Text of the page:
fbpx

Trusts and Estates – Frequently Asked Questions…

Tollers Trust and Estates team answers your most frequently Asked Questions…

What is T&E Law?

This is a term used to describe “Trusts and Estates”, also referred to as “Private Client”. It encompasses legal matters such as Wills, Powers of Attorney, Trusts, Court of Protection and Deputyships, Probate and Estate administration on death.

What do trusts and estates lawyers do?

We deal with a range of issues which affect your “estate”. This may include the creation and management of lifetime trusts; drafting Wills (including Wills with trusts); creating and registering Powers of Attorney; acting as professional Attorneys and Deputies when managing estates for those who are alive; dealing with inheritance tax and retirement planning; administering estates for those who have passed away, including obtaining Grant of Probate or Letters of Administration and ensuring beneficiaries receive their inheritance.

Who owns the property in trust?

Property in a trust is managed by Trustees – these are individuals left in charge of how the Trust is run. The people who are entitled to the benefit of the property in the Trust may be different individuals, referred to as Beneficiaries. The trust assets are held by the Trustees in accordance with the terms of the Trust, but they are not owned by the Trustees in their personal capacity. The Trustees are effectively custodians of the Trust property for the time that the Trust is in existence.

What is the difference between a trust and an estate? 

A Trust is an arrangement which determines a specific way of managing assets. It is created either by circumstances or a specific legal document which states how the assets should be managed and by whom. An estate is the term used to refer to everything which is owned by an individual. This may comprise of bank accounts, shares, investments, household items and property. A person’s estate is everything they own and have the right to benefit from or enjoy.

What are the advantages of putting your house in a trust?

Gifting your property outright to family members is very risky and does not have any practical benefit as it does not protect you from care fees or from inheritance tax. In fact, you risk losing your home if the person you gifted it to passes away, loses mental capacity, becomes bankrupt or gets divorced. Instead, Asset Protection Trusts can be more protective and can ensure that your house can be used and managed in a way which you can dictate within the trust. In a way, Trusts can help you to control how assets are managed after you have given them away. This may have the effect of ring-fencing your property from other assessments (e.g care fees) but please note this is not always effective and depends on the circumstances. Putting your house into trust is a personal decision which should not be made lightly. There are many disadvantages of doing so and you must carefully weigh these up before deciding on a way forward. For example, once you put your house into trust, it is no longer yours and is held by the Trustees in accordance with the rules in the trust. If your intention is to avoid paying for care, putting your house into trust may be seen as ‘deliberate deprivation’ and it may still be taken into account for care funding purposes. Please ensure you talk to one of our specialists if you are considering whether this step is right for you.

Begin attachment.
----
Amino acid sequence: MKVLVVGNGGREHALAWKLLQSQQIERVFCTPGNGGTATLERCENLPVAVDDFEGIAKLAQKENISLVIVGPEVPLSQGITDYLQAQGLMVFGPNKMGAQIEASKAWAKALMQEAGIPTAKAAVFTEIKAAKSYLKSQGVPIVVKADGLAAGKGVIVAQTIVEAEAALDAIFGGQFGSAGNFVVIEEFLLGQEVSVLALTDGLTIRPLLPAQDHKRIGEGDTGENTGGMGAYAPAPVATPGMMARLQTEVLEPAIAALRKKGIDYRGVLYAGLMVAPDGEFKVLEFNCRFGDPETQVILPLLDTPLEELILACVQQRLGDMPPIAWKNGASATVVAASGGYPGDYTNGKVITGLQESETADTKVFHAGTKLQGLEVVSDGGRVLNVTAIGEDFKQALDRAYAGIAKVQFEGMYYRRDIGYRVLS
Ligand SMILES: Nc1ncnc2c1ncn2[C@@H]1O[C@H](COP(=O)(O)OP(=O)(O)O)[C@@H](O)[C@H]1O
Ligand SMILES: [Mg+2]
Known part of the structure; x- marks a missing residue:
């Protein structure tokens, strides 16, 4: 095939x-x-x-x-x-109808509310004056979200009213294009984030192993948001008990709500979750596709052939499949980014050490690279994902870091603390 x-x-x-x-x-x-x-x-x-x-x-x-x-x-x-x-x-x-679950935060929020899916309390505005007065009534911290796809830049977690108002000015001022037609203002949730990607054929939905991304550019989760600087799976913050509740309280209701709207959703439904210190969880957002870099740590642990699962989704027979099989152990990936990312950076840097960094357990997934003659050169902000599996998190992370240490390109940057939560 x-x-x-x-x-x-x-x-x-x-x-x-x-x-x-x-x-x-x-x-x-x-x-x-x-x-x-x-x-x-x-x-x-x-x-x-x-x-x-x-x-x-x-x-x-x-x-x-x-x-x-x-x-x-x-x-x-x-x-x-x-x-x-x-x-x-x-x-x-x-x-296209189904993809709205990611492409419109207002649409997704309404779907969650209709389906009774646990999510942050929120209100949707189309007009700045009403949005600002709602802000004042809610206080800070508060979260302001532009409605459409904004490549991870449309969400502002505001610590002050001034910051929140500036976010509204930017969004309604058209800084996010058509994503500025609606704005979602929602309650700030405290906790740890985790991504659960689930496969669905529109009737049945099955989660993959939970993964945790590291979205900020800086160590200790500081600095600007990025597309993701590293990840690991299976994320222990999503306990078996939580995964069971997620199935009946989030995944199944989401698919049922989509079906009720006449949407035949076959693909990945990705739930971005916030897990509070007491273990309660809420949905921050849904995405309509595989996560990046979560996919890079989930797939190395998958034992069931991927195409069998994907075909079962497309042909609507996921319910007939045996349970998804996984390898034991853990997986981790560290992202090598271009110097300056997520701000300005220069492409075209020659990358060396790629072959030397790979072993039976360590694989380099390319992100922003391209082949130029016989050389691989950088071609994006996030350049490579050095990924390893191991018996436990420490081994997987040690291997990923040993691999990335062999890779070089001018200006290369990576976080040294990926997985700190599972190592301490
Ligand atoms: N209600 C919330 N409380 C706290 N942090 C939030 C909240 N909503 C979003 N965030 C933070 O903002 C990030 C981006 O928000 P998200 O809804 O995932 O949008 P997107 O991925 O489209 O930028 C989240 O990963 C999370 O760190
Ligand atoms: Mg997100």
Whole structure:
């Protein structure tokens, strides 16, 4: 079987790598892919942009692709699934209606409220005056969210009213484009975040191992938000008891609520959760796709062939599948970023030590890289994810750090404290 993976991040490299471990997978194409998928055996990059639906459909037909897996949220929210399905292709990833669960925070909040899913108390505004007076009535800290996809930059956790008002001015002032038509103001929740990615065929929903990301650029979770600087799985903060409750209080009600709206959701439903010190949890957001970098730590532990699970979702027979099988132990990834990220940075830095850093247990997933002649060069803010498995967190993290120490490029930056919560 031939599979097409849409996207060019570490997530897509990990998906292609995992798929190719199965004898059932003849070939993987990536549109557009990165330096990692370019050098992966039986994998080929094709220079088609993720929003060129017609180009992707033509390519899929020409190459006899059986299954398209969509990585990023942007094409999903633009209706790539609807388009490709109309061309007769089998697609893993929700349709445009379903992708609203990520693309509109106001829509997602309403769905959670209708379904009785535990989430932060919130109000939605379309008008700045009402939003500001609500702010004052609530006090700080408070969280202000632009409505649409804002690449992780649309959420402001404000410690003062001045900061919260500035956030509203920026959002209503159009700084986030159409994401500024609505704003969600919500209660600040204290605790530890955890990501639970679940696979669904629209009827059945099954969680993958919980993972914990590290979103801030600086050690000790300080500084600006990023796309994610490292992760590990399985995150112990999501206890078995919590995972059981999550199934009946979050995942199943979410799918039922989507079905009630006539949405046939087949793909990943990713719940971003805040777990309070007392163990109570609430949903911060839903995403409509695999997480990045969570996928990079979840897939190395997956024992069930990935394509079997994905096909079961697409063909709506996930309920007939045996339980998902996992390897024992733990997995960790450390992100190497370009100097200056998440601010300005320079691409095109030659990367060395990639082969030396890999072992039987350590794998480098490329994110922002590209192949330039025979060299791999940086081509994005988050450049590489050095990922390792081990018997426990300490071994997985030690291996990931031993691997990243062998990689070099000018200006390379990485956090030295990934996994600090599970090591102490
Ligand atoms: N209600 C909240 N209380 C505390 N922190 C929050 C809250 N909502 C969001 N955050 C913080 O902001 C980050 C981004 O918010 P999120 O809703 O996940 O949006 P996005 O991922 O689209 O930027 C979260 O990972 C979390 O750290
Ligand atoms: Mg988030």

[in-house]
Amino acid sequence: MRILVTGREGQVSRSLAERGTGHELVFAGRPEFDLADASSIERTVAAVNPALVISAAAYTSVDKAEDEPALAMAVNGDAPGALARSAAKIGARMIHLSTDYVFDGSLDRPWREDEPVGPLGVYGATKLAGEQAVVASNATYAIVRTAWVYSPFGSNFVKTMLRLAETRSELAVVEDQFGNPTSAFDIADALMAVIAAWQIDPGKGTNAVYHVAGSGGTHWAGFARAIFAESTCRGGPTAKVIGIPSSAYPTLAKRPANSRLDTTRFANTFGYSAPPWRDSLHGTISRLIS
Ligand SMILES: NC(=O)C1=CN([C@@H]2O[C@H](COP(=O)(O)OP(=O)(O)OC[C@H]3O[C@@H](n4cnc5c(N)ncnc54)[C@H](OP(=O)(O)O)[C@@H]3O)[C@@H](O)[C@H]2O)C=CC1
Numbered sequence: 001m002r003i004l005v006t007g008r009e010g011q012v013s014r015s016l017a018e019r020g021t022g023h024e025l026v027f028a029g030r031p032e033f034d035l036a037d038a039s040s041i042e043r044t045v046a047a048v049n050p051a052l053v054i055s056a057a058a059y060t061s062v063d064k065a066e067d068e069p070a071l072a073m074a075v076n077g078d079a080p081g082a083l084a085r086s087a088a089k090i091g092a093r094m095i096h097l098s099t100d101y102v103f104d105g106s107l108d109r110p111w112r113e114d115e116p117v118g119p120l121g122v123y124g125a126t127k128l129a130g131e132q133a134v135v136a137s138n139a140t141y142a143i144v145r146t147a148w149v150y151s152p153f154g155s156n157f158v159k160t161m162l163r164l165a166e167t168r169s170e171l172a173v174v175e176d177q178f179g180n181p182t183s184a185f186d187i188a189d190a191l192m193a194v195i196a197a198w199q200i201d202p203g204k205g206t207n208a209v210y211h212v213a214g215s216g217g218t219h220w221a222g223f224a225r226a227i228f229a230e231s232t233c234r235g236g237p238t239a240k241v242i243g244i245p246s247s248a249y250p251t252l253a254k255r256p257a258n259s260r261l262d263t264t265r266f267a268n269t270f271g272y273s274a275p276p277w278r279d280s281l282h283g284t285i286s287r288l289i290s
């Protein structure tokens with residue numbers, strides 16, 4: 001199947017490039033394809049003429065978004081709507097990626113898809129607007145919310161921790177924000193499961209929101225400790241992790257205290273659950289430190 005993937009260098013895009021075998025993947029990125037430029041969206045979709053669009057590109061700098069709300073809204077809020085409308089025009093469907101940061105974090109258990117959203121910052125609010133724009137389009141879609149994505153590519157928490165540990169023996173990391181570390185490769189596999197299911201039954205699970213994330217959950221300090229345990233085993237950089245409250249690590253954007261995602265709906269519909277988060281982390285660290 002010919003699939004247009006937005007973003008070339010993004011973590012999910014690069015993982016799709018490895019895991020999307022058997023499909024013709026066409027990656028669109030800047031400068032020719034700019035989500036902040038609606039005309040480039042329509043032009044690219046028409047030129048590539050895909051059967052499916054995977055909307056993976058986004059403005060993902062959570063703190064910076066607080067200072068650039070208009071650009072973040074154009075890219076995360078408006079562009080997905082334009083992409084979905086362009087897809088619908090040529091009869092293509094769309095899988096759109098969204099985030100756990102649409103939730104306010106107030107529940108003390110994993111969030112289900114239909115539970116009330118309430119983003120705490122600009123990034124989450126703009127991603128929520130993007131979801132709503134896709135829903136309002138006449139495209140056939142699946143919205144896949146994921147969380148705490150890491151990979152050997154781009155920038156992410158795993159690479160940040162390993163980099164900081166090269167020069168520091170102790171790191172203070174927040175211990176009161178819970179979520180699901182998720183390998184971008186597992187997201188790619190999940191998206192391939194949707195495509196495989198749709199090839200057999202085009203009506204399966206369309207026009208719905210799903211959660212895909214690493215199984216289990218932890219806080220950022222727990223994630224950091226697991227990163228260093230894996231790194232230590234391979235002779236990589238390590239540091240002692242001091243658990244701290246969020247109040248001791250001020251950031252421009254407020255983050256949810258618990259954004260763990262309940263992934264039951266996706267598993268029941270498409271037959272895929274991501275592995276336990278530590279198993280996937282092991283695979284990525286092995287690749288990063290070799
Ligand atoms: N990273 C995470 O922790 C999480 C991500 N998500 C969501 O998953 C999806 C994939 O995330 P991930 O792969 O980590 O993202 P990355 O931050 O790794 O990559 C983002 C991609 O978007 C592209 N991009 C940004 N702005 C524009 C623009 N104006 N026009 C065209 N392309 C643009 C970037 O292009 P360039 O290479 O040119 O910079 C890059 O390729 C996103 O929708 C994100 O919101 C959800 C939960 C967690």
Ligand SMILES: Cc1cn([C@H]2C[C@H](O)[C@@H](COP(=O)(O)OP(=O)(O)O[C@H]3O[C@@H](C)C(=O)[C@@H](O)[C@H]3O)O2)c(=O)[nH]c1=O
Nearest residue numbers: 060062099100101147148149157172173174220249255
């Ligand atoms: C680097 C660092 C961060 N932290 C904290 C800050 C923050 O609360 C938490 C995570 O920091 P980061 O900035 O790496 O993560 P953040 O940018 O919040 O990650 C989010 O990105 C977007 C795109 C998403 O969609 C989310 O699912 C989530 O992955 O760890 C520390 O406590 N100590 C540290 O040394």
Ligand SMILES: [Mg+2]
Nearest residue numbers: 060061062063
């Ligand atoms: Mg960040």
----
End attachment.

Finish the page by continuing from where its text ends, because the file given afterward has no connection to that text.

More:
What rights do beneficiaries have under a trust? 

Beneficiaries generally have a right to enforce the terms of the Trust and to hold Trustees accountable for their actions. As a result, Trustees should provide beneficiaries with basic information, such as a copy of the Trust document and Trust accounts. Please note that beneficiary rights may vary depending on the type of Trust. If you are a potential beneficiary under a Discretionary Trust for example, you do not have any right to any part of the trust fund as this is at the discretion of the Trustees.

Is a trust part of the estate?

Trusts are usually considered to be distinct ring-fenced assets, although there are some circumstances where the value of the Trust is included/considered as part of your estate for tax purposes only. For example, the beneficiary of a life interest trust has the right to benefit from the trust assets during their lifetime. If benefits continue up until that beneficiary’s death, the value of the trust at the date of their death may be added to their own estate value for the calculation of inheritance tax. A bare Trust (i.e held directly for the benefit of a specific individual) may also be considered as part of your estate.

What are the pros and cons of a trust?